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Preview: 4/4 vs. Dodgers

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This season has started very much like last year. Can we keep it up?

Colorado Rockies v Arizona Diamondbacks Photo by Christian Petersen/Getty Images

Today's Lineups

LOS ANGELES DODGERS ARIZONA DIAMONDBACKS
Chris Taylor - CF Jarrod Dyson - LF
Corey Seager - SS Ketel Marte - SS
Yasiel Puig - RF Paul Goldschmidt - 1B
Enrique Hernandez - 1B A.J. Pollock - CF
Yasmani Grandal - C Chris Owings - RF
Matt Kemp - LF Daniel Descalso - 2B
Logan Forsythe - 2B Deven Marrero - 3B
Kyle Farmer - 3B Jeff Mathis - C
Alex Wood - LHP Patrick Corbin - LHP

In 2017, the Diamondbacks faced what looked like a tough start to their schedule, against opponents who had reached the playoffs the previous year. They opened up at home against a wild-card team (the Giants), then a reigning division champion (the Indians). But they took two of three in their first series, and then swept the next one, before heading out on the road.

In 2018, the Diamondbacks faced what looked like a tough start to their schedule, against opponents who had reached the playoffs the previous year. They opened up at home against a wild-card team (the Rockies), then a reigning division champion (the Dodgers). But they took two of three in their first series, and a win in the first matinee game of the year would mean they then swept the next one, before heading out on the road.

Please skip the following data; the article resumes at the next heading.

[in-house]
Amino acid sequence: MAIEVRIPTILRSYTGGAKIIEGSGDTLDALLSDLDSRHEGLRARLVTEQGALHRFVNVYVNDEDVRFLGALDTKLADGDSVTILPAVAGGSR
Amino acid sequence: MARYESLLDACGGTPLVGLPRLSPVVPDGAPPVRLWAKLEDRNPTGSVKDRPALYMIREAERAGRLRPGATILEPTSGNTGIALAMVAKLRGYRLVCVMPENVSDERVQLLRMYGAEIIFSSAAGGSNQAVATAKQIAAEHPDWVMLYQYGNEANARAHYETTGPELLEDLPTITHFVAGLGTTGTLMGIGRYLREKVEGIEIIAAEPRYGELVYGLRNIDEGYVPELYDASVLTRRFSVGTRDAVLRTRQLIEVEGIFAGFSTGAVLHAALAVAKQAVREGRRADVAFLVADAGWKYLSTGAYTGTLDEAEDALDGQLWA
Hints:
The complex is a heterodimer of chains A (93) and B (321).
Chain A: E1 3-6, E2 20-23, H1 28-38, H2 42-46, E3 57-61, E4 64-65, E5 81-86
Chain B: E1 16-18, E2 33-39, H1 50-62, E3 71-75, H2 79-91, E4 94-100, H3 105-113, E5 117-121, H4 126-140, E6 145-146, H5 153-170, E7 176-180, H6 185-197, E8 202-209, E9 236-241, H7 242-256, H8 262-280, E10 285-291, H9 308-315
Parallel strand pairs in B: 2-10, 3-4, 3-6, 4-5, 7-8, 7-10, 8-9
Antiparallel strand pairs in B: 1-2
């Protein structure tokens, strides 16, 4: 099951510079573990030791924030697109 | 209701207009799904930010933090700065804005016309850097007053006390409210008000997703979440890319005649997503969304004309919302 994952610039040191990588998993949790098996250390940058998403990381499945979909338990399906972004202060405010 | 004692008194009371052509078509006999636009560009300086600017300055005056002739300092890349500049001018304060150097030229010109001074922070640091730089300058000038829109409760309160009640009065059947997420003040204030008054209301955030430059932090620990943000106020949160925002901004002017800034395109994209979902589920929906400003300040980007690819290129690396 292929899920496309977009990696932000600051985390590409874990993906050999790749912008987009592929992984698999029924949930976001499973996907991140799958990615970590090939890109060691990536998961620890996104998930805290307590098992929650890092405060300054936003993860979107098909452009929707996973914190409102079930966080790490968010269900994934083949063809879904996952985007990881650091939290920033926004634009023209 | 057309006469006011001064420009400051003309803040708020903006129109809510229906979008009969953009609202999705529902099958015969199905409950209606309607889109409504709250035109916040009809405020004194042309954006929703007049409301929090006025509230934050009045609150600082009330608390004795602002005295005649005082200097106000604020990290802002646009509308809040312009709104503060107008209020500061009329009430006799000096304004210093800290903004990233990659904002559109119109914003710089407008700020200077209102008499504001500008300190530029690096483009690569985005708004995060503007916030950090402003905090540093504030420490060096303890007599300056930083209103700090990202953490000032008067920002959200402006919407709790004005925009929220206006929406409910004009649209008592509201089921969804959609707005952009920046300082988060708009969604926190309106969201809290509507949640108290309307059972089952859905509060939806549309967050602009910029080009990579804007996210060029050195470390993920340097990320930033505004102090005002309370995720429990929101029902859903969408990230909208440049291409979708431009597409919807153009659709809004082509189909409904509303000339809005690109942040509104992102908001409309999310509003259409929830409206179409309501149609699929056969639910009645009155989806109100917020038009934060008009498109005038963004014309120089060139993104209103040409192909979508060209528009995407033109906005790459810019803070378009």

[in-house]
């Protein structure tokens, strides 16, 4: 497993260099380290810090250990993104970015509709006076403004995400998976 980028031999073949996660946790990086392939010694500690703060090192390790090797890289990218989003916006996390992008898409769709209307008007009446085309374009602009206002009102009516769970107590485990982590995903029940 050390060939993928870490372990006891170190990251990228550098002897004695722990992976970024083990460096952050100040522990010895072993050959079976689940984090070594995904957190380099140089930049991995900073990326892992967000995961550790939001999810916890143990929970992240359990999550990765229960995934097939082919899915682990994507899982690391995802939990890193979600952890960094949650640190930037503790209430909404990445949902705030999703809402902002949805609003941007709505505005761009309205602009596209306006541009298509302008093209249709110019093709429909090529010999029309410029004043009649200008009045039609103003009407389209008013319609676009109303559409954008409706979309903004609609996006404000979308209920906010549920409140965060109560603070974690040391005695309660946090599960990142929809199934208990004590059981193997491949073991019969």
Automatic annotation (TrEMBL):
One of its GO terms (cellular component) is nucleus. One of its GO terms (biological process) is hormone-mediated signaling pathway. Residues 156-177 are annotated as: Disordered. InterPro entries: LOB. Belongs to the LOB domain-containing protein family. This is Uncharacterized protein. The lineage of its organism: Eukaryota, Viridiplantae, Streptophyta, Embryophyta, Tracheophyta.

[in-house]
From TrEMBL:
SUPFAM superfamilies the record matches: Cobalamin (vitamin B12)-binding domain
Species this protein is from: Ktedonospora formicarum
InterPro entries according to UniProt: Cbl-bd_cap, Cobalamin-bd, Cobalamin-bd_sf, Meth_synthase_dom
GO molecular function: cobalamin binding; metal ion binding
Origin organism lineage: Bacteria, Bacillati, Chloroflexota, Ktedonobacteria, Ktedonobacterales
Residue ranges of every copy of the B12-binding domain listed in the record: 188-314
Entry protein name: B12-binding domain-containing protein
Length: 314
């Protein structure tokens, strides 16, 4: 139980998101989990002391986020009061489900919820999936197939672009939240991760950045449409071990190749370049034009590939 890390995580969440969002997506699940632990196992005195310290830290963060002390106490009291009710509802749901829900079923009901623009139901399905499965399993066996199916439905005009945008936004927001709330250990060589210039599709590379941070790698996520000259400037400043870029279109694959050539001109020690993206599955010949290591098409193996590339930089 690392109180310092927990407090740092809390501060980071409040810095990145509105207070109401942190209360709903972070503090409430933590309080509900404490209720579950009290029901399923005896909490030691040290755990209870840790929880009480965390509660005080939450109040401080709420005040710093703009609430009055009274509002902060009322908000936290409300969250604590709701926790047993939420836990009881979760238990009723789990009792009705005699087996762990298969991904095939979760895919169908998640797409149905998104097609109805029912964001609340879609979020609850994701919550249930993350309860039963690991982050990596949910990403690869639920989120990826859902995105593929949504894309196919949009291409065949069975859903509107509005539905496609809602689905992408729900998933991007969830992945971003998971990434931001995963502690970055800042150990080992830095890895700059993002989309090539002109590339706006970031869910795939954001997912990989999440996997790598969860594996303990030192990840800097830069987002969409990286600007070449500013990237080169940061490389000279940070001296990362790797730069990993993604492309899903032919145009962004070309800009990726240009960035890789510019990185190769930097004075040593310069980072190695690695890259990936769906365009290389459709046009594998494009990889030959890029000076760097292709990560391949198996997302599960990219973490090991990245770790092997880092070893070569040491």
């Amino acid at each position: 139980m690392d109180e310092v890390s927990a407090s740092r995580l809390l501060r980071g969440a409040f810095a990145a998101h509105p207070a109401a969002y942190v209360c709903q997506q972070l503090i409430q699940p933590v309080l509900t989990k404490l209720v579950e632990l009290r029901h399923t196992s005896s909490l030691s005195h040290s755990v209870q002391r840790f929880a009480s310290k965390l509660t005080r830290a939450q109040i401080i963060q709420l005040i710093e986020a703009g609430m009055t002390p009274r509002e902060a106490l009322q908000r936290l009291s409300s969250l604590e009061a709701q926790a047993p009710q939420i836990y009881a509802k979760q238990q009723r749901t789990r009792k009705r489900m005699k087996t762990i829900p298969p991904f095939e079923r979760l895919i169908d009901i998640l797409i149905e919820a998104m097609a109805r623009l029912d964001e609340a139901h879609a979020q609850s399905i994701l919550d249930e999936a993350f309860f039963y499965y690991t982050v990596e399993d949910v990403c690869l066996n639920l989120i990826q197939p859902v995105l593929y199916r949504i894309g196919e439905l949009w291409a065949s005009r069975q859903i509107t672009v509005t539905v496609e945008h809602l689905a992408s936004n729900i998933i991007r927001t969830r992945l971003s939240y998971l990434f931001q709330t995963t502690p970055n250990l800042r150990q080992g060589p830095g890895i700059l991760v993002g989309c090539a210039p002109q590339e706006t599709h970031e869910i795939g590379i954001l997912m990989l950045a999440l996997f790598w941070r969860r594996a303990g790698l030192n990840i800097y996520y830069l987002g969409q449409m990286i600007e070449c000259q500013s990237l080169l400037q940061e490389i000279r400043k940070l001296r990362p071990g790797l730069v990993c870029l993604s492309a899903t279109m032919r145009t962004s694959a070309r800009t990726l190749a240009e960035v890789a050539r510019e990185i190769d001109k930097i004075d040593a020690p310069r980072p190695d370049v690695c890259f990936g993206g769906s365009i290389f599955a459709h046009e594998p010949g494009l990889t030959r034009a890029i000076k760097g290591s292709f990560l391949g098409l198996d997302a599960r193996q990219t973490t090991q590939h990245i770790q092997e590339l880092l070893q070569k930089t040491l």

Of course, the parallels are imperfect: for instance, it was a four-game series against the Indians which the D-backs swept last year. And, it’s safe to say, expectations are a great deal higher this time around, with Arizona being a playoff team themselves, rather than coming off a 93-loss campaign. But in what has the potential to be an ultra-competitive division (except for San Diego - Padres gonna Padre), this early stretch where 18 of the first 21 games comes against the NL West is certainly a tone-setter. As the old adage goes, you can’t win the division in April, but you can certainly lose it.

However, there’s an argument to be made that you CAN win the division in April. If you look at the standings last April 30, the five National League teams who would have made the post-season if the schedule ended at that point, were EXACTLY the five National League teams who ended up actually making the post-season. Things were a little more fluid in the AL (the Twins and Red Sox were both out of a playoff spot at the end of the first month), but overall, eight of the ten eventual post-season outfits, were already in place when April finished. All six division leaders through the first month ended up seeing some post-season action.

Of course, it’s a long season, and there’s many a slip ‘twixt the cup and the lip. But quality takes a good deal less than 162 games to make itself known.